Santos v. Commissioner, T.C. Memo. 2016-100 (May 17, 2016):
Santos earned a bachelor’s degree in accounting [from Indiana University (Bloomington)]. In 1990, he began working as a tax-return preparer. In 1995, he became an “enrolled agent”, a person authorized to represent taxpayers before the IRS. In 1996, Santos earned a master’s degree in taxation [from San Francisco State University]. He began offering other services to his clients, including accounting and financial planning.
At some point Santos enrolled in law school [John F. Kennedy University College of Law]. He was attending law school in 2010. During that year, he paid tuition and fees of $20,275. He graduated from law school in 2011. In July 2011, he took the California bar examination. ... In December 2014, he was admitted to the State Bar of California and admitted to practice before the U.S. Tax Court.
In 2015, Santos started a law firm, Santos and Santos Law Offices, with his father. The firm performs multiple services including legal representation, tax planning, accounting, and financial planning. ...
Whether Santos is entitled to a deduction of $20,275 for his law school tuition and fees remains at issue. ...
Section 1.162-5(b)(1), Income Tax Regs., provides that two types of educational expenses are not deductible. One type is expenses for education that is part of a program of study which will lead to qualifying the taxpayer for a new trade or business. ... The regulation gives the following example of the expenses of this type: “A, a self-employed individual practicing a profession other than law, for example, engineering, accounting, etc., attends law school at night and after completing his law school studies receives a bachelor of laws degree. The expenditures made by A in attending law school are nondeductible because this course of study qualifies him for a new trade or business.” Id. subdiv. (ii), Example (1). Courts have held that a law degree qualifies a law student for a new trade or business (the business of being an attorney) and that thus the cost of a law degree is a nondeductible educational expense as set forth in the regulation. ... Therefore Santos’s law school tuition and fees are not deductible.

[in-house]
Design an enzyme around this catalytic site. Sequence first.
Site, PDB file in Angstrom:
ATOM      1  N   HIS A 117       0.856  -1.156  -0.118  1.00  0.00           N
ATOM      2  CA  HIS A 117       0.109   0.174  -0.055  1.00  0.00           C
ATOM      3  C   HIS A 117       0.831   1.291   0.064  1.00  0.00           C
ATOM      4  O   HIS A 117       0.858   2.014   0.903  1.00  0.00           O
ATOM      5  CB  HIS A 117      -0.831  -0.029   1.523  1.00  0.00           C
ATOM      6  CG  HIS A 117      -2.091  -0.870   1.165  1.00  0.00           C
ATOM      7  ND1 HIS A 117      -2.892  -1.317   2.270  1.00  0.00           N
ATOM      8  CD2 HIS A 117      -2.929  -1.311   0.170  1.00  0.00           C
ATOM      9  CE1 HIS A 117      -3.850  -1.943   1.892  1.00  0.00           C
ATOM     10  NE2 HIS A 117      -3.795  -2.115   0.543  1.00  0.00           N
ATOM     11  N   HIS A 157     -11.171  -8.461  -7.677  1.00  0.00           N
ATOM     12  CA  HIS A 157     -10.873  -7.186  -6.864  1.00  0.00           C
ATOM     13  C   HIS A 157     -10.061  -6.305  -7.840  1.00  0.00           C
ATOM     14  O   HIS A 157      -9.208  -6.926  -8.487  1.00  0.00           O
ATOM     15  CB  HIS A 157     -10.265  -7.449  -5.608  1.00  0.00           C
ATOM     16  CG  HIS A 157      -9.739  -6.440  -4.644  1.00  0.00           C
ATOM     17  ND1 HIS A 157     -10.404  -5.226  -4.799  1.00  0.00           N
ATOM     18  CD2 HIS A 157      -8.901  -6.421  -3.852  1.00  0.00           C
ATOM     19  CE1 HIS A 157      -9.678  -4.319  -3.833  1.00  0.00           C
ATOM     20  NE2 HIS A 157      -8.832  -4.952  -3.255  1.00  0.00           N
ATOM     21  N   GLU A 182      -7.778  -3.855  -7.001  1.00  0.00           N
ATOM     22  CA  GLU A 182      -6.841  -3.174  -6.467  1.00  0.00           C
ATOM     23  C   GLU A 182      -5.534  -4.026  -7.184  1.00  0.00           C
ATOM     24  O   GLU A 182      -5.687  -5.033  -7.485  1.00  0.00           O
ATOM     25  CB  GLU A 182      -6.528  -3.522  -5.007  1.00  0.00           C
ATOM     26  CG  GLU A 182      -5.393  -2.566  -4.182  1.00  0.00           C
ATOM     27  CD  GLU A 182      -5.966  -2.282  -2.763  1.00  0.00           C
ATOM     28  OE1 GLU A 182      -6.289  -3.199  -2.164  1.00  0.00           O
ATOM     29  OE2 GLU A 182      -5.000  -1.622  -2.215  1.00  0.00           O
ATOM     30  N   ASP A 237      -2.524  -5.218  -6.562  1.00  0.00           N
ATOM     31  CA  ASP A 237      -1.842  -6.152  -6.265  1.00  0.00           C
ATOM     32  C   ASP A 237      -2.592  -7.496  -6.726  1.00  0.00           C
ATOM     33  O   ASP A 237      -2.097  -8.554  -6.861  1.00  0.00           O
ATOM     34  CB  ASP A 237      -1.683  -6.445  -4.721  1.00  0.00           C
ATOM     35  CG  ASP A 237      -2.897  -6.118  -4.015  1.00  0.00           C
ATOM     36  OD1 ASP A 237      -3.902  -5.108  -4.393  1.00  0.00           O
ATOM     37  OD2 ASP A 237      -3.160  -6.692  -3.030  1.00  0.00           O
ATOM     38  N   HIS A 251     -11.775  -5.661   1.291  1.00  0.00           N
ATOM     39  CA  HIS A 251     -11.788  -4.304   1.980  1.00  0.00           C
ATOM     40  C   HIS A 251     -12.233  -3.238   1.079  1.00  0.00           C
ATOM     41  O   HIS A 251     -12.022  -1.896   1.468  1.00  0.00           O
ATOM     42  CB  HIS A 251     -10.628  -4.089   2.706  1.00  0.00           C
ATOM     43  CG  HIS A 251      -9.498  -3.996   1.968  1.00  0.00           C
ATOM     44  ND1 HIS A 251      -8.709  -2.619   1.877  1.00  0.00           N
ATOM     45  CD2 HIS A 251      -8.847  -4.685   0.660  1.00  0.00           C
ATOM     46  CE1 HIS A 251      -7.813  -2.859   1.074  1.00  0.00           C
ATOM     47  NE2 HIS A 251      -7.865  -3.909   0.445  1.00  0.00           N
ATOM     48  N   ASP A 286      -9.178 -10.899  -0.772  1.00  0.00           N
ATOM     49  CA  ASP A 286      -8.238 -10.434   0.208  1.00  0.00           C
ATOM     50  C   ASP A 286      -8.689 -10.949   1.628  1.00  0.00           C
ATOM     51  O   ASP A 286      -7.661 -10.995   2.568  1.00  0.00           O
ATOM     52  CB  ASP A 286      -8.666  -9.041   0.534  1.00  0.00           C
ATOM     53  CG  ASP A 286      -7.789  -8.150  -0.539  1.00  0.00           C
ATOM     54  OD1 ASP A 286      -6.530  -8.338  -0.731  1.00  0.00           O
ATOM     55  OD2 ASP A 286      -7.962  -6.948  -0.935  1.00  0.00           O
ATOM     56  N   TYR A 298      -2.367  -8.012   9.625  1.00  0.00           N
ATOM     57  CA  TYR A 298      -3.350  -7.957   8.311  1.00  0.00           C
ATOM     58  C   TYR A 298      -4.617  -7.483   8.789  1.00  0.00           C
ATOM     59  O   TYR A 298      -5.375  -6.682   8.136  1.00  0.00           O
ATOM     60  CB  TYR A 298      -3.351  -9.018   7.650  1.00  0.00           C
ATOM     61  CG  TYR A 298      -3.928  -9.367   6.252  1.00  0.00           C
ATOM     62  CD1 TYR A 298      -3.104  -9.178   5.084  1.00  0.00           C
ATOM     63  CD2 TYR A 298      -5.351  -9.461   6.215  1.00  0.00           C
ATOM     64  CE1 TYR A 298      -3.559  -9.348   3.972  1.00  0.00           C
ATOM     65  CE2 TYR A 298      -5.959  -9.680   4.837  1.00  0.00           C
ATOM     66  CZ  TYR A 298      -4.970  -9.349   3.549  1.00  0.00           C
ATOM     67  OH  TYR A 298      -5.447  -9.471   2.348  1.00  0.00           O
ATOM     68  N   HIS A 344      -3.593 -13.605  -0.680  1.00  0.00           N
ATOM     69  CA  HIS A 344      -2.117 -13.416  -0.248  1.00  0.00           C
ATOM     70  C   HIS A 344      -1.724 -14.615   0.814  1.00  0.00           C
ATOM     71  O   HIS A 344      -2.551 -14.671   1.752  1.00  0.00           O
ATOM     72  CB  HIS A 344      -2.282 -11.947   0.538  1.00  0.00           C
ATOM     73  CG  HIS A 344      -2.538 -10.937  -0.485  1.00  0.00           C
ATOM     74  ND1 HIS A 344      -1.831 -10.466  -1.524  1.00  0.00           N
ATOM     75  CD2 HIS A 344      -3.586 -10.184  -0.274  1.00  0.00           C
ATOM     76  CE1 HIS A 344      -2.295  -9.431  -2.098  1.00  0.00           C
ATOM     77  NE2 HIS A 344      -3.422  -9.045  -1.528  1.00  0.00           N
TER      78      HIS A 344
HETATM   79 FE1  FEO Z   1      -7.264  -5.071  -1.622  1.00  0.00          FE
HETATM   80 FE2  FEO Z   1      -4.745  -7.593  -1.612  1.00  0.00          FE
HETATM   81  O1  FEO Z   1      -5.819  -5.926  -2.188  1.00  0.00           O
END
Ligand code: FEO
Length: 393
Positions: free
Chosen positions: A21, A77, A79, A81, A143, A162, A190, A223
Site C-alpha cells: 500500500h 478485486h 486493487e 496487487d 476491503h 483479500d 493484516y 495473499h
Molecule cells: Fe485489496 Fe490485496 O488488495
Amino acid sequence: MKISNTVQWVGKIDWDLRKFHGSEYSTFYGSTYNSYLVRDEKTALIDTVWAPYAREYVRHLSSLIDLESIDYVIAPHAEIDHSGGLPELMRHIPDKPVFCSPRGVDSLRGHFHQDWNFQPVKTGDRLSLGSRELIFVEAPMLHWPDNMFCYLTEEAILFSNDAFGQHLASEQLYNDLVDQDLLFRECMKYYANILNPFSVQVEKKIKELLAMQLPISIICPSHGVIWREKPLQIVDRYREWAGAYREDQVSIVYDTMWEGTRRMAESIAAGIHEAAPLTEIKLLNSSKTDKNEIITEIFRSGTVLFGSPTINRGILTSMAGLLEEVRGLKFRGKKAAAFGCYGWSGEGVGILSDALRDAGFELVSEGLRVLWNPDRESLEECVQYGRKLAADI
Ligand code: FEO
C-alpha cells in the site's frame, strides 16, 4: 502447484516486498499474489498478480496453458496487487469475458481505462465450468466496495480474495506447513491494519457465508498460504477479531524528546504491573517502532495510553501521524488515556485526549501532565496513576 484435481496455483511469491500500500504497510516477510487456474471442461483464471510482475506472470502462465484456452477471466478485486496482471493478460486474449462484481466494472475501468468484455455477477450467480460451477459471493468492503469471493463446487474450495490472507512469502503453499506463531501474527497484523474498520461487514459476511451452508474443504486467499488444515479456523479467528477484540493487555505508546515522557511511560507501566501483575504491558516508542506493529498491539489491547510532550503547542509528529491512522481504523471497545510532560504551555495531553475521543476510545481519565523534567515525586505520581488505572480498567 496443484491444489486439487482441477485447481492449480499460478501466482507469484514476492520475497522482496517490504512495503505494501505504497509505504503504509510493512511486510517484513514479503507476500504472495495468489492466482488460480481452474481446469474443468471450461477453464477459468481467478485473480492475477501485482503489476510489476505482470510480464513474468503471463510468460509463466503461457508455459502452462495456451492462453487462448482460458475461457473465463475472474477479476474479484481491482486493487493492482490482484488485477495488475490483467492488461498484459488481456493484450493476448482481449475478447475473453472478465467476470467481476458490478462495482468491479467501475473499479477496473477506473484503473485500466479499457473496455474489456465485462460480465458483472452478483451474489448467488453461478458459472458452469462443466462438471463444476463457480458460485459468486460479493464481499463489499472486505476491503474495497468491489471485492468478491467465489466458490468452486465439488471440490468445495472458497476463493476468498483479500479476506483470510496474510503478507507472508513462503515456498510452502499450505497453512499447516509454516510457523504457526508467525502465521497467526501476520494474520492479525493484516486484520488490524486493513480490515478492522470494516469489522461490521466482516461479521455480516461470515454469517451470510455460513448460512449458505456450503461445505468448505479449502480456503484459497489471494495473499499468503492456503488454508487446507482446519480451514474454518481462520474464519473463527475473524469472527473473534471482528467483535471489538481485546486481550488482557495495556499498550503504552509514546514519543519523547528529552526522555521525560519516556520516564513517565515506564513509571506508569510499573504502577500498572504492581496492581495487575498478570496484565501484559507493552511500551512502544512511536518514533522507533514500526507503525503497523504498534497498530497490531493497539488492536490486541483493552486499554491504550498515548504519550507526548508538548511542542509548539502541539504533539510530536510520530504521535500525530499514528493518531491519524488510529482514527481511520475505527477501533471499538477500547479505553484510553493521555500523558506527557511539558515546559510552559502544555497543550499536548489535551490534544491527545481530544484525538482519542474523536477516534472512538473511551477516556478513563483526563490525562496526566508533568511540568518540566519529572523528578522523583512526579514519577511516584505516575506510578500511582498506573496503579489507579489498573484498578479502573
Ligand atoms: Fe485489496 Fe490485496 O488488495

Santos challenges the validity of the regulation in question. ... Shortly after the Treasury promulgated the regulation, the Tax Court held that the regulation was valid, and the Court of Appeals for the Ninth Circuit affirmed. Weiszmann v. Commissioner, 52 T.C. 1106, 1111-1112 (1969), aff’d, 443 F.2d 29 (9th Cir. 1971). ... Because binding precedent holds that the regulation is valid, we decline to reconsider the validity of section 1.162-5, Income Tax Regs.